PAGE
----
Mary Jo Salter
Poet, editor, essayist, playwright, and lyricist Mary Jo Salter was born in Grand Rapids, Michigan. She grew up in Michigan and Maryland, and earned degrees from Harvard and Cambridge University. A former editor at the Atlantic Monthly, poetry editor at the New Republic, and co-editor of the fourth and fifth editions of the Norton Anthology of Poetry Salter’s thorough understanding of poetic tradition is clearly evident in her work. Salter is the author of many books of poetry, including A Kiss in Space (1999), Open Shutters (2003), A Phone Call to the Future (2008), and Nothing by Design (2013). Her second book, Unfinished Painting (1989) was a Lamont Selection for the most distinguished second volume of poetry published that year, Sunday Skaters (1994) was nominated for a National Book Critics Circle Award, and Open Shutters was a New York Times Notable Book of the Year. Salter has received fellowships from the National Endowment for the Arts and the Guggenheim Foundation and taught for many years at Mount Holyoke College. She is currently a professor in the Writing Seminars at Johns Hopkins University.
Often marrying domestic concerns to exotic locales, Salter’s most acclaimed poems are at once formally inventive and speak to her experiences in foreign cultures, including Iceland, Italy, Japan, France, and England. Discussing her first collection, Henry Purcell in Japan (1985), in the New Leader, Phoebe Pettingell described how Salter skillfully maintained her poetic individuality without abandoning the influence of her Western predecessors. According to Pettingell, “even where she employs English Poetry’s most traditional forms, rich in historical associations, her own voice sings out clearly.” Salter’s work shows the influence of English literary history, as well as that of writers like Elizabeth Bishop, who was her teacher at Harvard, and Amy Clampitt, whom she published at the Atlantic. Along with her former husband, the poet and writer Brad Leithauser, Salter was an important figure in the flowering of the New Formalist poets of the 1970s and 1980s. This loose grouping of poets sought to reinvigorate received and traditional forms. Published in the anthology Rebel Angels: 25 Poets of the New Formalism (1996), Salter’s early work is especially notable for its formal control and lucid poise, though Salter herself has never proclaimed allegiance to the group itself. In an interview with Robert Stewart, Salter said of the New Formalists: “Although I admire many of the people who are part of that movement, I’m not really interested in promoting it. I’m interested in trying to find … an appropriate way of saying something. So, for me, temperamentally, rhyme and meter are pleasing. They help me say what I want to say, and I suppose that’s been true ever since I was in college.”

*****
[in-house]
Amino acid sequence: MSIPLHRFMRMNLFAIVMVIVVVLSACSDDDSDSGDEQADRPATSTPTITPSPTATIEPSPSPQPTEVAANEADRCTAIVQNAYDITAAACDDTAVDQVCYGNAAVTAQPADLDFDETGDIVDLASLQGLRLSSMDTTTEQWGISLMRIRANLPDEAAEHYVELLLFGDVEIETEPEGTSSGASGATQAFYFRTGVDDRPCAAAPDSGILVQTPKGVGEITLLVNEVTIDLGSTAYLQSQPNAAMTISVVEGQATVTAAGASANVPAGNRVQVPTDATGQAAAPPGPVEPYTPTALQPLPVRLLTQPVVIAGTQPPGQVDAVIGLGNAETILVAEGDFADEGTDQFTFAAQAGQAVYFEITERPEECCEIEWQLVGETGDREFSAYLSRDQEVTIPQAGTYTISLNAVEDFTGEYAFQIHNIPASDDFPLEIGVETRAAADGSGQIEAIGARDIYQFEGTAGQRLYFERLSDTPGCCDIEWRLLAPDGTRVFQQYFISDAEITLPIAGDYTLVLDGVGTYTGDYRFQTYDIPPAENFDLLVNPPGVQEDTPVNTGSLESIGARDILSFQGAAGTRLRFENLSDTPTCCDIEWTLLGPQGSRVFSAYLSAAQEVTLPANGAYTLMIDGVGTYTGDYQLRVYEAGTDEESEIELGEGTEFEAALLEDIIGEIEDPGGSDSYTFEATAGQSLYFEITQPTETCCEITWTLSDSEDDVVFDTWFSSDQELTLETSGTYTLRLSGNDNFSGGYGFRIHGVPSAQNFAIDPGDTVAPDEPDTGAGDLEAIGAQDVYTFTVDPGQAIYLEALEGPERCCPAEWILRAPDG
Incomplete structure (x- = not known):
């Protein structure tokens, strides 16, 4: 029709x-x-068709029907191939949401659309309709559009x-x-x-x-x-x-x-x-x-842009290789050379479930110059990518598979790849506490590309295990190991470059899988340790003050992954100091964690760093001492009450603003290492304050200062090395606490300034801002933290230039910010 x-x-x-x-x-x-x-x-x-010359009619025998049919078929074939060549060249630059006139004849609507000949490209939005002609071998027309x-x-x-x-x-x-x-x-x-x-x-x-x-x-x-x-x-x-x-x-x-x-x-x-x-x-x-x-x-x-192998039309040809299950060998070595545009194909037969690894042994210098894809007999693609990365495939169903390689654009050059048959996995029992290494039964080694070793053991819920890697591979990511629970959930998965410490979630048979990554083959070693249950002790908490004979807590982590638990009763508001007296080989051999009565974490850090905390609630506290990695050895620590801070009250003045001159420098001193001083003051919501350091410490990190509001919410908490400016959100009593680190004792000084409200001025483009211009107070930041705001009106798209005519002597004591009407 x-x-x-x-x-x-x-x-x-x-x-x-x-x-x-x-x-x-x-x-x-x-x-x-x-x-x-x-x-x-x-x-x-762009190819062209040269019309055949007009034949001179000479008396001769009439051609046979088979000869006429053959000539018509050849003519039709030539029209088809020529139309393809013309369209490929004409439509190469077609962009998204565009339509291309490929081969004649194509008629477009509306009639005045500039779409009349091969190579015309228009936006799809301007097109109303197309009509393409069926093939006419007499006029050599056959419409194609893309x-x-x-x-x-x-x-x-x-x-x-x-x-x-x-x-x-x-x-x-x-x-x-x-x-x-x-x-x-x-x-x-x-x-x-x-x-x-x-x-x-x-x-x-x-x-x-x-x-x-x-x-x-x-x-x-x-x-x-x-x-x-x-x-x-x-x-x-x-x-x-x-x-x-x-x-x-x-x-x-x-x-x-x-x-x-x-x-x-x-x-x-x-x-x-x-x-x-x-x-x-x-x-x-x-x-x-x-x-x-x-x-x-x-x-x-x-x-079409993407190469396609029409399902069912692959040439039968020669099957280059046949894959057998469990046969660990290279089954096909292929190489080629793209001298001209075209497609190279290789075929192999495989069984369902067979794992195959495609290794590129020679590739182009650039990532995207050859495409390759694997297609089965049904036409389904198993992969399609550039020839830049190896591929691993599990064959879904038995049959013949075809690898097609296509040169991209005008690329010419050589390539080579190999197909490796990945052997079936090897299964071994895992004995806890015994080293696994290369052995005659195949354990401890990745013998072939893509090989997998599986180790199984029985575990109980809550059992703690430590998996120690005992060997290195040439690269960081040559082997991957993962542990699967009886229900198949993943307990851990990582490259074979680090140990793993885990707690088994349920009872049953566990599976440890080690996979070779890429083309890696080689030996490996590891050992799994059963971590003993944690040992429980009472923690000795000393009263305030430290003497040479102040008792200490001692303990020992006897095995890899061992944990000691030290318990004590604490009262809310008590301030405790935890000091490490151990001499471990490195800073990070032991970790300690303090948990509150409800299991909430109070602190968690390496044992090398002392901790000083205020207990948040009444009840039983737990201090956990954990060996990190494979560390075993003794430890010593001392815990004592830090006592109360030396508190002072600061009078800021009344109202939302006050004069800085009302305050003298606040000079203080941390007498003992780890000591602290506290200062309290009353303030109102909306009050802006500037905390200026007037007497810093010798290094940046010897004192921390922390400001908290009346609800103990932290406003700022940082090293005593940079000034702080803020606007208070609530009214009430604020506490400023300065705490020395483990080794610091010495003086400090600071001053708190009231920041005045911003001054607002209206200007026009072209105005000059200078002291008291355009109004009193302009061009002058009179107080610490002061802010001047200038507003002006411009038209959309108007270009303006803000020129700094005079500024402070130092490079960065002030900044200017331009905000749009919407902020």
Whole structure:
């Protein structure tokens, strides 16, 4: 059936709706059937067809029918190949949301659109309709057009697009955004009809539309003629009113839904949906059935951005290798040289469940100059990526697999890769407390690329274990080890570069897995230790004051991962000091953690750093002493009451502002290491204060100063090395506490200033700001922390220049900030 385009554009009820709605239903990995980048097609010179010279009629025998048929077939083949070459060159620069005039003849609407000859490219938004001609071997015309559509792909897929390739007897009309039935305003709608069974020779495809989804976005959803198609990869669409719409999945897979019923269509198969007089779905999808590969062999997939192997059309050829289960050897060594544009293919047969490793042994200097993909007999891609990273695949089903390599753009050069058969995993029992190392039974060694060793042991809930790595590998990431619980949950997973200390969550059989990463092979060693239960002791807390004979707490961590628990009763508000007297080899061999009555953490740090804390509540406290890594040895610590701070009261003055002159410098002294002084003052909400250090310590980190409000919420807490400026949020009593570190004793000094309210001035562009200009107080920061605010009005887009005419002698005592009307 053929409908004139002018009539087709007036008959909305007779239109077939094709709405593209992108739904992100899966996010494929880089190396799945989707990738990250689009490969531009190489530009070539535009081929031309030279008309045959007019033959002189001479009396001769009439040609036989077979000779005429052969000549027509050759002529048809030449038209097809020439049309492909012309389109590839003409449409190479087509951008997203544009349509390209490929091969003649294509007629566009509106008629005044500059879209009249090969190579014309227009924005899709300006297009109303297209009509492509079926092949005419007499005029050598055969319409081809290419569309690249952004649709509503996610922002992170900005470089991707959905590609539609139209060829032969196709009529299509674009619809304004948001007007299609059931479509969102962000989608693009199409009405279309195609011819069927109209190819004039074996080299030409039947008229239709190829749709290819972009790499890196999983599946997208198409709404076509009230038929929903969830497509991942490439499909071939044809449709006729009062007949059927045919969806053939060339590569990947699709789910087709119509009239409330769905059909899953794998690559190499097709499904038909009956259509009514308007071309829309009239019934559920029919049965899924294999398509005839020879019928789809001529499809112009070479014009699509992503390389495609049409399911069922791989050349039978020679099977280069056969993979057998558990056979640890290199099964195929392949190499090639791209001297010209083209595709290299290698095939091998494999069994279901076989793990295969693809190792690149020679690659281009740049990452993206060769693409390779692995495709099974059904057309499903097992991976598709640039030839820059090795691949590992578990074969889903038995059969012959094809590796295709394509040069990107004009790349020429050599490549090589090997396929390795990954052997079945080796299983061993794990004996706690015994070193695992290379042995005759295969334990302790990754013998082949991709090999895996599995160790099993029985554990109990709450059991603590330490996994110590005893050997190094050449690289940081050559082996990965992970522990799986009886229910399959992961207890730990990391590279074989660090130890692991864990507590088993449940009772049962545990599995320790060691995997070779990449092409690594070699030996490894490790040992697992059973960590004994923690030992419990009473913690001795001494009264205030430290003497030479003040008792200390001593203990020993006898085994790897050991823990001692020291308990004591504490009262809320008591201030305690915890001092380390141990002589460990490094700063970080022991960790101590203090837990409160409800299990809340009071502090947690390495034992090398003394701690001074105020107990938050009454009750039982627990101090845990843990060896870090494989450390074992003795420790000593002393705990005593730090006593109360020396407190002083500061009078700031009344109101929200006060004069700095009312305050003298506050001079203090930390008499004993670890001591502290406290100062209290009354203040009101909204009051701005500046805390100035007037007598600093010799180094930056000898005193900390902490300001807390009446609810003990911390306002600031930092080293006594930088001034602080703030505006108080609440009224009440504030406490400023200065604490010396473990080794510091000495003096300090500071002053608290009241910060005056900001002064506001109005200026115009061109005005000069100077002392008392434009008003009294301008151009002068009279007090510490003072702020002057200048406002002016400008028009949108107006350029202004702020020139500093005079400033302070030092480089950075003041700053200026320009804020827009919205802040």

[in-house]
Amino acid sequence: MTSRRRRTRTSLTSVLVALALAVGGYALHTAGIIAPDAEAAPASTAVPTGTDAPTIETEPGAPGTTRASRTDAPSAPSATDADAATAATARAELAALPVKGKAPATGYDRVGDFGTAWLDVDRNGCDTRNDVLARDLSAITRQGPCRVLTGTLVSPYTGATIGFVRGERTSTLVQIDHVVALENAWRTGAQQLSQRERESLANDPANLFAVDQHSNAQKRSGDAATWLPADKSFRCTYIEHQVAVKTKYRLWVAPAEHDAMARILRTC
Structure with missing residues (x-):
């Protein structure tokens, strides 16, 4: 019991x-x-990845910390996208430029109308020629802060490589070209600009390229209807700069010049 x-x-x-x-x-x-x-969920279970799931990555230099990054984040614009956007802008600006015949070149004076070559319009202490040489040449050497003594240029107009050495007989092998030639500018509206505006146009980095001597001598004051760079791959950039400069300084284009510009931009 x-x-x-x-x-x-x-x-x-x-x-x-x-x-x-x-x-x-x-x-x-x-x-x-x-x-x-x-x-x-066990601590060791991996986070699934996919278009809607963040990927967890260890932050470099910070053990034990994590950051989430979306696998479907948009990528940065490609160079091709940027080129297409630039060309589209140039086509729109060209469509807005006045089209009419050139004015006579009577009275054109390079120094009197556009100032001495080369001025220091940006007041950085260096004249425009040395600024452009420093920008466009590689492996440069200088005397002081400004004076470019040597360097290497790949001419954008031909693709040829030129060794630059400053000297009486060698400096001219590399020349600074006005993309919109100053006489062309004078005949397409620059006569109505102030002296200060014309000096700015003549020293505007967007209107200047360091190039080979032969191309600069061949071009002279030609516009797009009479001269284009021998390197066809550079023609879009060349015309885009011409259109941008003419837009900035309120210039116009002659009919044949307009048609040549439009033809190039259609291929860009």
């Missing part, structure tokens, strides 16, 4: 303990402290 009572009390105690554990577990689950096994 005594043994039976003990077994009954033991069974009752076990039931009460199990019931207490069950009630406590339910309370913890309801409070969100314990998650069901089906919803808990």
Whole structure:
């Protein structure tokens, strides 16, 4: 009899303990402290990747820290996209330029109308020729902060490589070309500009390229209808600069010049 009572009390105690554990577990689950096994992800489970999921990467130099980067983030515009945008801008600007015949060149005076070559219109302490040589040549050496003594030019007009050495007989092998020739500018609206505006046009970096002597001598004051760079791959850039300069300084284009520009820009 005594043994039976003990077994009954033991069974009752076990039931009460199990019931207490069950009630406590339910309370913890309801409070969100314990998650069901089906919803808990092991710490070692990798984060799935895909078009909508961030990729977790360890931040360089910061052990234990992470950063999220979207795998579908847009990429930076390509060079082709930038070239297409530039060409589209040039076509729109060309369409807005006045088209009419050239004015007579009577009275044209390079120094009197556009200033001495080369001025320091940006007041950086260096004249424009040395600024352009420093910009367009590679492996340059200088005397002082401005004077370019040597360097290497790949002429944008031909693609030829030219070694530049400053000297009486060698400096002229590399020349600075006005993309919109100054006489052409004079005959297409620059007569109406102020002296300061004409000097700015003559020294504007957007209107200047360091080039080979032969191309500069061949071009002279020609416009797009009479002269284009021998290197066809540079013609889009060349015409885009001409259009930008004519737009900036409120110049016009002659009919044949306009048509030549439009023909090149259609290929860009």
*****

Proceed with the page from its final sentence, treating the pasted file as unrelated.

Over many collections, and her stewardship of the Norton Anthology of Poetry, Salter has remained committed to the history and forms of English and American poetry. However, reviewing her volume of new and selected poems, A Phone Call from the Future, in the New York Times, James Longenbach suggested that Salter’s true strengths lie in poems that struggle against the elegant formality—which often masks “a distaste for the unseemly” according to Longenbach—for which she has so often been praised: “But what makes Salter worth reading—what makes her stand apart from the merely polemical elegance of the New Formalism—is that she herself is appalled by this distaste.” Longenbach continued, “While many of her poems are burdened by a need to dispense wisdom (“love dooms us to earn / love once we can speak of it”), her best are driven by a compulsion to confront the inexplicable.”